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Showing posts from 2024

Insert plate in welding

An insert plate is used to replace any damaged steel plate of ship's hull. The insert plate must have identical characteristics with the original steel plate ( type /grade/thickness etc). The damaged part of the steel plate has to be cropped-out and renewed by welding using the same welding consumables. The minimum consumable grades. All ship's Class Societies consider the above mentioned requirements as permanent repairs for maintaining the ship’s Classification Certificates fully valid. On the contrary, doubler steel plates which are welded on top of a damaged structure plate is considered as temporary repaired with a short limit date until the full permanent repairs are dealt with

How is engine frame attached to the ships shell plate

For engine seating a plate floor is required every frame  Main engine seatings are in general integral with this double bottom structure.  Inner bottom in way of the engine foundation has a substantially increased thickness.  Often the machinery is built up on seatings forming longitudinal bearers which are supported transversely by tripping brackets in line with the double bottom floors, the longitudinal bearers being in line with the double bottom side girders.  There are transverse plate floors at each frame. The thickness of the engine seating is governed by the power, weight, and length of the unit

What is dual class ? Why

A dual class vessel is one which is classed by two Societies between which there is a written agreement regarding sharing of work, reciprocal recognition of surveys carried out by each of the Societies on behalf of the other Society and full exchange of information on the class status and survey reports.  All the ships of "The shipping corportation of India" used to have dual class.  Out of two, one classfication society was "Indian Registrar of shipping".  Indian ships were required to have IRS as its classification society but as IRS was then not a member of IACS, ships were forced to have a second classification society which was member of IACS.  So in this case, these ships would have certificate of class from each classification society.  In 2010 when IRS became the member of IACS, Indian ships were no more required to have Dual class.  More than 50 classification societies. But only 12 are IACS members  A double classed vessel is one which is classed by two

Pressure testing of DB tank

Both Leak & Structural test  Test head :  The greater of –  Top of the overflow To 2.4m above top of tank   To bulkhead deck    Procedure: Fill tanks by gravity to sea level. A ballast pump can be used if the vessel wishes, but is not recommended. If there are scuppers, then block scuppers as would be required for bunkering operations.  Close sounding pipes tightly if these are at deck level.  Open, or take off, air vent tops.  Top up tank through air vents by fire hose until (assuming stern trim) water level is close to top of aft air vents.  Ensure that fire hose can be stopped quickly as water level nears top of air vent.  Check by sounding or ullage through the air vent, that water level in forward air vents has also risen towards top of air vents. Hold level for 30 minutes minimum and check if level in vent is falling or steady.  Look for leaks.

Rudder clearances

 Pintle  For a ship in service, Maximum allowable clearances between Pintle and bush is 6 mm.   IF the actual clearance exceeds 6mm, the bush should be renewed.  Measured using the thickness gauge. The clearance is taken in four sides: forward, aft, port, and starboard.  The measurements are taken through the inspection cover, usually on the port side.  The normal clearance is about 1 to 2 mm.   Neck bush clearance Between the rudder stock and the neck bush (rudder stock upper side) is measured using the thickness gauge.  The clearance is taken in four sides: forward, aft, port, and starboard.  The measurements are taken from top of the rudder.  The normal clearance is about 1 to 2 mm.  Jumping Clearance: The designed clearance is 2.0 mm maximum.  If the clearance measured is found to be large, it can be concluded that the rudder has moved down. The clearances can be taken from rudder trunk – between the stopper and carrier bearing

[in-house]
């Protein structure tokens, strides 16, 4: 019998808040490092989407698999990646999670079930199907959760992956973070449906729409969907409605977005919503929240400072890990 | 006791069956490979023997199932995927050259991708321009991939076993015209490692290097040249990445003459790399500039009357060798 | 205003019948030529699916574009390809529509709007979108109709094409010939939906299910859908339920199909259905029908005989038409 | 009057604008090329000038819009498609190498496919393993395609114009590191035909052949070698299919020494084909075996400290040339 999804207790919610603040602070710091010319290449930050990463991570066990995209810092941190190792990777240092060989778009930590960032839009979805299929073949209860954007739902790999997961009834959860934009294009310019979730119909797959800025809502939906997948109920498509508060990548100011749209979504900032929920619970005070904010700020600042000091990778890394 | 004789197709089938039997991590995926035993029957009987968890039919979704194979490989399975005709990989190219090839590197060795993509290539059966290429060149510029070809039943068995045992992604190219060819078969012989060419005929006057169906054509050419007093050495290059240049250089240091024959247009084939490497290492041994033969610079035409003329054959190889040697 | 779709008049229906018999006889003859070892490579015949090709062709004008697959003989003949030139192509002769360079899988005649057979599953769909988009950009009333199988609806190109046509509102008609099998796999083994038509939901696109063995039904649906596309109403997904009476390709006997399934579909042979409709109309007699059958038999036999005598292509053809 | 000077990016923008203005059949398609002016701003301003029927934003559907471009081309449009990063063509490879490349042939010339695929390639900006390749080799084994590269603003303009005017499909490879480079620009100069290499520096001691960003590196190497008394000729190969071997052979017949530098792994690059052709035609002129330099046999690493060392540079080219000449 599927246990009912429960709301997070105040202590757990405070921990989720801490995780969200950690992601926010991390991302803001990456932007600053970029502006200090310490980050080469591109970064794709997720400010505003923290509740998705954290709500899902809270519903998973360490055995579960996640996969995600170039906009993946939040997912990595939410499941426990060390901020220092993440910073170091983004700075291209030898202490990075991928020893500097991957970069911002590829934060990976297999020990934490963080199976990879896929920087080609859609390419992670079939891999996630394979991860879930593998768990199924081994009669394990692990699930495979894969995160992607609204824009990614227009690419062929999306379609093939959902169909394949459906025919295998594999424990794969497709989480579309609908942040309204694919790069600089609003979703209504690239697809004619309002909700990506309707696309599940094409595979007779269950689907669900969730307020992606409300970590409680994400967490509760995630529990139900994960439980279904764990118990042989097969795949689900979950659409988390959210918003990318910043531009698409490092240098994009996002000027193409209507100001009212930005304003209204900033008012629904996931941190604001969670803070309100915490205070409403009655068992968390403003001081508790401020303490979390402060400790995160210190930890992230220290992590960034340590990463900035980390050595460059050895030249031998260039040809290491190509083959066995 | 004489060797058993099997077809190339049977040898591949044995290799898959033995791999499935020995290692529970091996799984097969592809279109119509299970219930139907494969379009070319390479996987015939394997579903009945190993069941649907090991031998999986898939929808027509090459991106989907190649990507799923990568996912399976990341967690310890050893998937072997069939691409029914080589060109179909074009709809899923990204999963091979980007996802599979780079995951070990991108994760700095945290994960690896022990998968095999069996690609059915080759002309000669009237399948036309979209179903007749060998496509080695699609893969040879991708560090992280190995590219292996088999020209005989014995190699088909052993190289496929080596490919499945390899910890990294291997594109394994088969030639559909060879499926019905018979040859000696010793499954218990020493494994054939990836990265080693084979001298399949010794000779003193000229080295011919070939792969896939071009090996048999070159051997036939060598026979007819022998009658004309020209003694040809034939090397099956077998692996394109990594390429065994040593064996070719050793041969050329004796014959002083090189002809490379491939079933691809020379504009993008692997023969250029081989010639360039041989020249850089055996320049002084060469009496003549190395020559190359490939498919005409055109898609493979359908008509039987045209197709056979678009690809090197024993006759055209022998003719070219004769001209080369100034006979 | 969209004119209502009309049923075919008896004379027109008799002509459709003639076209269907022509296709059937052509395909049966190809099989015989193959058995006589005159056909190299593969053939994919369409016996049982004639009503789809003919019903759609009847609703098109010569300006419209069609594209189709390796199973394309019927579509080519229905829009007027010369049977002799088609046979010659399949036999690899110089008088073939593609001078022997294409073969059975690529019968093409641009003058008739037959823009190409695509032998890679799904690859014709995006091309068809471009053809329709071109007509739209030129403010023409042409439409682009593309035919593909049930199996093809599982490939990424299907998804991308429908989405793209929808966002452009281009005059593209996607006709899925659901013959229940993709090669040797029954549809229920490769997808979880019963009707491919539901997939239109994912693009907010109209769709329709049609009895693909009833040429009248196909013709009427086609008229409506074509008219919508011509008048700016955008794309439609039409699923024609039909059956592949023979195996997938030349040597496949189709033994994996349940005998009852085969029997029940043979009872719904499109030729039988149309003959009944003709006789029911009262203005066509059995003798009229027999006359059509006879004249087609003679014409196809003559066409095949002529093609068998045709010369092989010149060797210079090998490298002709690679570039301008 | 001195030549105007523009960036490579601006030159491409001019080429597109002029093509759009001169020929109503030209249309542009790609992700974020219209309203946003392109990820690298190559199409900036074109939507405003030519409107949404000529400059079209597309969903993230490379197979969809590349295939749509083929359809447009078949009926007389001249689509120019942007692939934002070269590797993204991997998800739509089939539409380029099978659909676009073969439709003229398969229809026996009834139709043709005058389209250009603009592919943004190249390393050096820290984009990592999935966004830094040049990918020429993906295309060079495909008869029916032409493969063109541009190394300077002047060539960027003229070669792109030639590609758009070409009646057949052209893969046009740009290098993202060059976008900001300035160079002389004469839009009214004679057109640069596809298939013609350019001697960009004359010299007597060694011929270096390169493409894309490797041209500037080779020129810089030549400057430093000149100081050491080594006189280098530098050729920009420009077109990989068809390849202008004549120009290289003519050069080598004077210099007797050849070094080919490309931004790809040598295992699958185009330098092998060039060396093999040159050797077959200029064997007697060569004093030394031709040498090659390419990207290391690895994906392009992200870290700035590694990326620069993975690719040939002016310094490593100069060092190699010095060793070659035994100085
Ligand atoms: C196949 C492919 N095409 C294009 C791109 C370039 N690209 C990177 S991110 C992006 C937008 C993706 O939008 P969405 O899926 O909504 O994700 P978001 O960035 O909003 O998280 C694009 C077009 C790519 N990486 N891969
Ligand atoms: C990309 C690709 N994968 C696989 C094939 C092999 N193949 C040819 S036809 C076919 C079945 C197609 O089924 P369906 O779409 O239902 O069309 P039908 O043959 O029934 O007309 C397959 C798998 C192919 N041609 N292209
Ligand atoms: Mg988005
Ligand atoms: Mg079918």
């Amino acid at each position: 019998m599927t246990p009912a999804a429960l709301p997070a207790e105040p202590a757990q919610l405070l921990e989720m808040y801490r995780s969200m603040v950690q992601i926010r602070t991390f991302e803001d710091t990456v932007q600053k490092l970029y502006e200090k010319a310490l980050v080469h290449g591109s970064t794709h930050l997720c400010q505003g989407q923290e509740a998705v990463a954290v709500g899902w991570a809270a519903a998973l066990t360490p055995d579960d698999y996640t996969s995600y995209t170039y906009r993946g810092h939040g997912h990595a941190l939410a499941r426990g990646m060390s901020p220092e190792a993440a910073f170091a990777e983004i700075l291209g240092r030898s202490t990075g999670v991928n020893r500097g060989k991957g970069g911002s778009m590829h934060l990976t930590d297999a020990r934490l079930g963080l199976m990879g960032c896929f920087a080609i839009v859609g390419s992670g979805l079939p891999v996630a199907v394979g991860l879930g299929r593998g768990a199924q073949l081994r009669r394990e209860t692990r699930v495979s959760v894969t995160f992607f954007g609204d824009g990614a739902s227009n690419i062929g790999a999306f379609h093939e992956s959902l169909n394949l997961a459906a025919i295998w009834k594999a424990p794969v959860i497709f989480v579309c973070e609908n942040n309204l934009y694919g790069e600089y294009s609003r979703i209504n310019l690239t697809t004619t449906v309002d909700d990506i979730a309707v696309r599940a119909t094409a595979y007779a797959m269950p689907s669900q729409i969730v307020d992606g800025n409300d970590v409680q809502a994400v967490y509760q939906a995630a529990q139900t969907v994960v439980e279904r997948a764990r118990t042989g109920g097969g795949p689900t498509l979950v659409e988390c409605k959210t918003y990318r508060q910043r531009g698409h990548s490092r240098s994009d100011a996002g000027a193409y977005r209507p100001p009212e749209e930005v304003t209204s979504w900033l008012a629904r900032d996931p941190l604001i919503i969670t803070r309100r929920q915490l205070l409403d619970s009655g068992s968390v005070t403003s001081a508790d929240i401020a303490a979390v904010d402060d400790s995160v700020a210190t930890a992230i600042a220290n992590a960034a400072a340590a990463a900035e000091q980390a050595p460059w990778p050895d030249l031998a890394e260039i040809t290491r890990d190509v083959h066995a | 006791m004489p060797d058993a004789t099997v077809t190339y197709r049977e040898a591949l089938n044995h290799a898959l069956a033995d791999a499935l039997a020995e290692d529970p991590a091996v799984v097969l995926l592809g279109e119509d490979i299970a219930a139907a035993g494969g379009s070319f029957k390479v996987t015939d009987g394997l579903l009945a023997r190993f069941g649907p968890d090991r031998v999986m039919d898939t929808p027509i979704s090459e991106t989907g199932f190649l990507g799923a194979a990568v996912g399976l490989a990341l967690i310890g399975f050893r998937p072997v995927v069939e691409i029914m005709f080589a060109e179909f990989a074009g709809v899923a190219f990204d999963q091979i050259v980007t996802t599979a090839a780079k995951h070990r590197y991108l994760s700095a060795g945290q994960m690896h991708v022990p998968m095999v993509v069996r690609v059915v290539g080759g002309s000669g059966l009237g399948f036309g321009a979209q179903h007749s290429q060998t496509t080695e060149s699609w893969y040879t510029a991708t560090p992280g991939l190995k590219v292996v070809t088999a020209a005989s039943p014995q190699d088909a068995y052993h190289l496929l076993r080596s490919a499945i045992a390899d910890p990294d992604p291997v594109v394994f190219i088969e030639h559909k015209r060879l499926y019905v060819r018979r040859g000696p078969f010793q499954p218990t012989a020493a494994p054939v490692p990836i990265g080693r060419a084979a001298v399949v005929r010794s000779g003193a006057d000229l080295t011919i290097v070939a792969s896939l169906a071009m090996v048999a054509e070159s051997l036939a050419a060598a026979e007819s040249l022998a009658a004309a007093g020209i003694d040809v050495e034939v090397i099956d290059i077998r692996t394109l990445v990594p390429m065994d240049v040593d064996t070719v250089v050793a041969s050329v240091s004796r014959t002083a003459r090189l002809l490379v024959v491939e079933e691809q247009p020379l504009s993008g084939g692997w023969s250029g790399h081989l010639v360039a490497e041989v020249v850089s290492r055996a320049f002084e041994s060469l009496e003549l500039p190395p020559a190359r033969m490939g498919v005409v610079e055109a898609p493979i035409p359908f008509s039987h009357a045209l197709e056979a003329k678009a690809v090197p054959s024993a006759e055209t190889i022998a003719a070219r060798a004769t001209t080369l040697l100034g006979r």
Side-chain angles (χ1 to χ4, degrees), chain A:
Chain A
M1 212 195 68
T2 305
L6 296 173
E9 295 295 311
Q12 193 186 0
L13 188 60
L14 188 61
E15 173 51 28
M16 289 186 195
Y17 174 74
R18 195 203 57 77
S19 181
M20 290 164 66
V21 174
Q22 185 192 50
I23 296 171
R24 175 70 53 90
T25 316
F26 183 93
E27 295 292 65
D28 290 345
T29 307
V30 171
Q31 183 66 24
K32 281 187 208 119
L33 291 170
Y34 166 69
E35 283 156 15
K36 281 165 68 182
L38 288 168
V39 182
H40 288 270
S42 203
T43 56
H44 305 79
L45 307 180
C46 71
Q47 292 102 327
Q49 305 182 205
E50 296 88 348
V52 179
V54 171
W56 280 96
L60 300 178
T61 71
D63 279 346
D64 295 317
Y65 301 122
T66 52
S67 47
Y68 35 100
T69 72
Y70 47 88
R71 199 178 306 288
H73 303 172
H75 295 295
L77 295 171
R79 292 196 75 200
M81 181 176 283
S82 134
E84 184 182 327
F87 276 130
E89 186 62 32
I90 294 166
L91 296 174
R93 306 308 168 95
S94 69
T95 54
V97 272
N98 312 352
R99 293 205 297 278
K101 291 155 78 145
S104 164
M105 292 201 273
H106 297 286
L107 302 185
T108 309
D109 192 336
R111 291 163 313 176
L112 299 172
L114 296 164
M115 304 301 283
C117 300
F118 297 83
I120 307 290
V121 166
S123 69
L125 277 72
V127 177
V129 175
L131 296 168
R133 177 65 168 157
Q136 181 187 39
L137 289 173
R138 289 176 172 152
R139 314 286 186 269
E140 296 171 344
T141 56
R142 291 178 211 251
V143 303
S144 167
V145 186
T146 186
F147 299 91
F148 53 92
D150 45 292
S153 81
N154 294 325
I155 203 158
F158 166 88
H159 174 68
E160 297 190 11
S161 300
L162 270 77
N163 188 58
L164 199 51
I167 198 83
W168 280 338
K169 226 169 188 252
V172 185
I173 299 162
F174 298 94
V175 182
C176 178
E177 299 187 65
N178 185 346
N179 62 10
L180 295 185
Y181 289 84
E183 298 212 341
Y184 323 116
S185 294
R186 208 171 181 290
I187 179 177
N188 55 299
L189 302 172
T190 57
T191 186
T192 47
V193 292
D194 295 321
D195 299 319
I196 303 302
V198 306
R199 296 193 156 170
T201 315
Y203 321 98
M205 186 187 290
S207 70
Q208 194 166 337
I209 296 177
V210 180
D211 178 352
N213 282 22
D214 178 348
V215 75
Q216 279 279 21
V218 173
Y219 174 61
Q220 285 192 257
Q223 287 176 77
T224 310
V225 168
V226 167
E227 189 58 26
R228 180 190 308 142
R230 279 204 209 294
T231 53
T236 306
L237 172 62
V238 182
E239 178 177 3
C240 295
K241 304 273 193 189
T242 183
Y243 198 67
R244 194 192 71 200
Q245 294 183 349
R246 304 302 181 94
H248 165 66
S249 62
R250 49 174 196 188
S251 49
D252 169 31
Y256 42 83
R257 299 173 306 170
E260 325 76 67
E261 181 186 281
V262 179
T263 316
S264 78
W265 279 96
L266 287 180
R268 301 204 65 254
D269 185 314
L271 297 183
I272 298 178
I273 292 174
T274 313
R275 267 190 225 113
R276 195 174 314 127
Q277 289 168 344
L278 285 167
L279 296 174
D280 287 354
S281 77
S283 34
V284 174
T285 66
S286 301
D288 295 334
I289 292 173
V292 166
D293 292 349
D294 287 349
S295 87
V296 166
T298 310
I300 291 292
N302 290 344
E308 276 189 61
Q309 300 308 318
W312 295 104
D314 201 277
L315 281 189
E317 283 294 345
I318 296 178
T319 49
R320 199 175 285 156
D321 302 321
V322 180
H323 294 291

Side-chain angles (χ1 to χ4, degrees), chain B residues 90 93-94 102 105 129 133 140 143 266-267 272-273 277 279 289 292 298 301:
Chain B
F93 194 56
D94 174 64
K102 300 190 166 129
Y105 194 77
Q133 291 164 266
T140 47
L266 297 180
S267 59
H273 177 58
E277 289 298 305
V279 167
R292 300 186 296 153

Drydock 50 hz supply, ship 60 hz .What should be done

 50 Hz will make motors run slower. 50/60=83% that will have the effect on the efficiency and the connected load .  If we supply a reduced frequency then we also need to reduce the voltage accordingly to prevent the motor to draw more current.  Voltage/frequency of ship equals to Voltage/frequency shore. That’s gives us a calculated voltage of 366 volts, which closer to the standard 380 volts 50 Hz, that can be accepted.  By doing so the through put of the pumps will be reduced, and we definitely have to keep an eye on the temperatures of the motor windings.

Hull roughness measurement

Hull Roughness Analyser  Computer is connected to the hand held carriage having a stylus measuring head.  Stylus head is moved around the hull surface to measure and record the hull roughness profile.  One traverse of the head at any point on the hull will collect information from 10 samples having length of 50 mm.  For each 50 mm sample, the micro processor will assess the mean gradient through the peaks and valleys to give highest peak to lowest valley measurement for that sample.  This measurement is known as Rt (50).  Approx. 100 selected locations which must include bow, stern, mid ship, and boot topping area (area between load line and ballast water line).  A number of traverses for stylus will give ‘n’ readings, hence the Mean Hull Roughness (M.H.R) at that station is average of Rt (50)  There will be ‘m’ stations around the hull of the ship. Hence Average Hull Roughness (AHR) will be average of Mean Hull Roughnes